Keita said Tanzania, Ghana and Benin “are countries where the press is relatively free to operate. They are not working under intense censorship. They are not denied access to sensitive areas.”
But he said the situation in Ethiopia is different. He said the government there has been guilty of hindering reporting on past and present food crises.
“Ethiopia is continually affected by drought and food crises and unfortunately the government prevents journalists access to sensitive areas,” Keita said. “They are prevented from using the word famine when they report about these crises. They are
Okule Buli helps her five-year old daughter Jamila sit up in her bed in the Intensive Care Unit of a medical center run by Medecins Sans Frontiers in Kuyera, Ethiopia, 02 Sep 2008 (File photo AFP)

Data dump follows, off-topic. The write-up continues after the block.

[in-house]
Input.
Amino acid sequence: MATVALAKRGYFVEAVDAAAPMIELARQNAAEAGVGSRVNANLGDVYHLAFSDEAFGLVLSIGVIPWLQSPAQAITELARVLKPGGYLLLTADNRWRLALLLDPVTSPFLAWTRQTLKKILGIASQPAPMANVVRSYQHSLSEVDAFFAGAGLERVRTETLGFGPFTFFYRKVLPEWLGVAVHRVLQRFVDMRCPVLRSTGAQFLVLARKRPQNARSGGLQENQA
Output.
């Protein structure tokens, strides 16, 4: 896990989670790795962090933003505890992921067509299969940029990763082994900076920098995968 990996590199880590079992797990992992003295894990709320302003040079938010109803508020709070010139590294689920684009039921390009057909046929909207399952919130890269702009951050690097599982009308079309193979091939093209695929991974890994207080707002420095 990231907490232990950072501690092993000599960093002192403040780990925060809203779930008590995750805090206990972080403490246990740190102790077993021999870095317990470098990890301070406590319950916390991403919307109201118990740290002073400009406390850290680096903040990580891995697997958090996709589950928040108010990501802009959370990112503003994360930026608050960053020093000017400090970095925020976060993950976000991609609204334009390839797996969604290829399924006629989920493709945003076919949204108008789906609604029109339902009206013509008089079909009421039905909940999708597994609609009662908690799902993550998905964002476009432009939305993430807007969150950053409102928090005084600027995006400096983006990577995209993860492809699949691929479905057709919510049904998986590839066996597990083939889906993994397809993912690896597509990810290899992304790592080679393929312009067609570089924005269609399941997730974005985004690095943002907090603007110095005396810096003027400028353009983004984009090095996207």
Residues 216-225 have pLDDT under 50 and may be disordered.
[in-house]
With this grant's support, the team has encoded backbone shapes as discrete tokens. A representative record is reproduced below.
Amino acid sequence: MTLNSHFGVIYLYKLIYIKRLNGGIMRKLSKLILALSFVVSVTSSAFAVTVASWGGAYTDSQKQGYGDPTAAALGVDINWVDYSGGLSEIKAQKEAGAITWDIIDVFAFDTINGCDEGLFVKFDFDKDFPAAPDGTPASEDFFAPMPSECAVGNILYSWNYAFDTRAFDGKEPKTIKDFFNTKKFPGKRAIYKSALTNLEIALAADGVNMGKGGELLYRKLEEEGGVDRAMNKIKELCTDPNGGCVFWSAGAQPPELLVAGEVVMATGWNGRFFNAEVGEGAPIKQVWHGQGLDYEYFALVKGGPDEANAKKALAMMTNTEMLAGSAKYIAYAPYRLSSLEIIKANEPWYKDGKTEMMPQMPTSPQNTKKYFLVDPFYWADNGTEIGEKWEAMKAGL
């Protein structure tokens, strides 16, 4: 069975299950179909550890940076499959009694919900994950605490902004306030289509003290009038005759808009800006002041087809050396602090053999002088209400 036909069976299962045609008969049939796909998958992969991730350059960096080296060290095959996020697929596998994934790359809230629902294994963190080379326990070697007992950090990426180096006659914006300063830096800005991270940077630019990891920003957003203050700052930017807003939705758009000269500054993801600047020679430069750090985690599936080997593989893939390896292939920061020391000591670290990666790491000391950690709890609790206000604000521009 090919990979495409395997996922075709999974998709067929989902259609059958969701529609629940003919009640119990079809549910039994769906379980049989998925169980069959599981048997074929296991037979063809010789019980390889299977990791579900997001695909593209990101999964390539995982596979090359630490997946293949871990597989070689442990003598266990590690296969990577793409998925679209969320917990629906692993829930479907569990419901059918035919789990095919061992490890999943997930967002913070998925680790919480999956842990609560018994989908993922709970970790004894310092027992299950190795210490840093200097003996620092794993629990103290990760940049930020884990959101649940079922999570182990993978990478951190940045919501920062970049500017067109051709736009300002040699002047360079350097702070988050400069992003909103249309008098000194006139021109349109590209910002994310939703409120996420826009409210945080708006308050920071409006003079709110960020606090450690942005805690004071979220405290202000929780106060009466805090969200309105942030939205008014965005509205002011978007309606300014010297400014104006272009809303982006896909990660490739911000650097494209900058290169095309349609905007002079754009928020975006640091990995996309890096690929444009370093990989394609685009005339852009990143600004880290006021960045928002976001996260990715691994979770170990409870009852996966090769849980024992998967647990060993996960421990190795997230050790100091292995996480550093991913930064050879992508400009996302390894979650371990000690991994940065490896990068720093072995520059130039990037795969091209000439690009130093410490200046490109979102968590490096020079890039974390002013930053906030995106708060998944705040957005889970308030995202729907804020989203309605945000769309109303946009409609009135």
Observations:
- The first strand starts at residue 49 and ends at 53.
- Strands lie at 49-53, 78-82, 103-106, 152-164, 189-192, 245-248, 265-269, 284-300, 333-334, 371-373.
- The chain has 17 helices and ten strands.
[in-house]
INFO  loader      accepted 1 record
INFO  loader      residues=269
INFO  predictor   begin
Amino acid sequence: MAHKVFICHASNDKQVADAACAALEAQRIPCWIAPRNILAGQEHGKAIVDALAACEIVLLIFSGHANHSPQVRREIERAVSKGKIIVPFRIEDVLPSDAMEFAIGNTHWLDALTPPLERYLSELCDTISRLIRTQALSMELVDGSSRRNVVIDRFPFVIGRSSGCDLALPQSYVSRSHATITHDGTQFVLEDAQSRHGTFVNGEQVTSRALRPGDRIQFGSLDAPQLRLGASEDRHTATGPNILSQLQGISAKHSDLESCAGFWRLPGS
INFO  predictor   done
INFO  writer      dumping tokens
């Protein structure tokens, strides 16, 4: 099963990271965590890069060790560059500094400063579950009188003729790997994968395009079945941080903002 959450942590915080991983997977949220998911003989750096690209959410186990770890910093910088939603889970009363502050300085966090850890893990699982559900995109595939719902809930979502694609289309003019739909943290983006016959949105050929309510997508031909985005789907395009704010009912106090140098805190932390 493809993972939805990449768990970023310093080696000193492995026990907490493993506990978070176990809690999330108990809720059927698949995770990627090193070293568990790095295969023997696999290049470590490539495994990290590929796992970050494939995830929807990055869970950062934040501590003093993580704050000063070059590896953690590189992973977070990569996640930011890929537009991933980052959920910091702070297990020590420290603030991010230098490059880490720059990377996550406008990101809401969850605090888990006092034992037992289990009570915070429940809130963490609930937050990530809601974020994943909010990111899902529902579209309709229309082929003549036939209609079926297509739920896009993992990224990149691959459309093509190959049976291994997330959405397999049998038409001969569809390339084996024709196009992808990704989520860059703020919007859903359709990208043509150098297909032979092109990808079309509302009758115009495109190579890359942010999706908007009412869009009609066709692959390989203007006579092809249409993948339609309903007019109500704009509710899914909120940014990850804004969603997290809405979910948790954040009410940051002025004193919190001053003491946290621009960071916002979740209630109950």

prevented from taking photographs of obviously malnourished children.”
“This has an impact on the ability of aid groups to scramble to raise funds to assist” in a timely manner, he added.
Keita acknowledged Ethiopia has made economic strides in reducing poverty and improving infrastructure, but he said hunger remains a chronic problem. And he said government statistics about food insecurity and hunger cannot be relied upon.
Since 2011, the Ethiopian government has used its sweeping anti-terrorism laws to bring charges against 11 journalists.
LISTEN: Committee to Protect Journalists’ Mohamed Keita talks to Ricci Shryock about Press Freedom.
Obama Announces $3 Billion in Private Sector Pledges to Help Feed Africa
President Barack Obama is preparing to host four African leaders, including Prime Minister Meles Zenawi of Ethiopia, for G8 session on food security at Camp David this weekend. (Photo by Pete Souza, White House Photo, 5/4/12)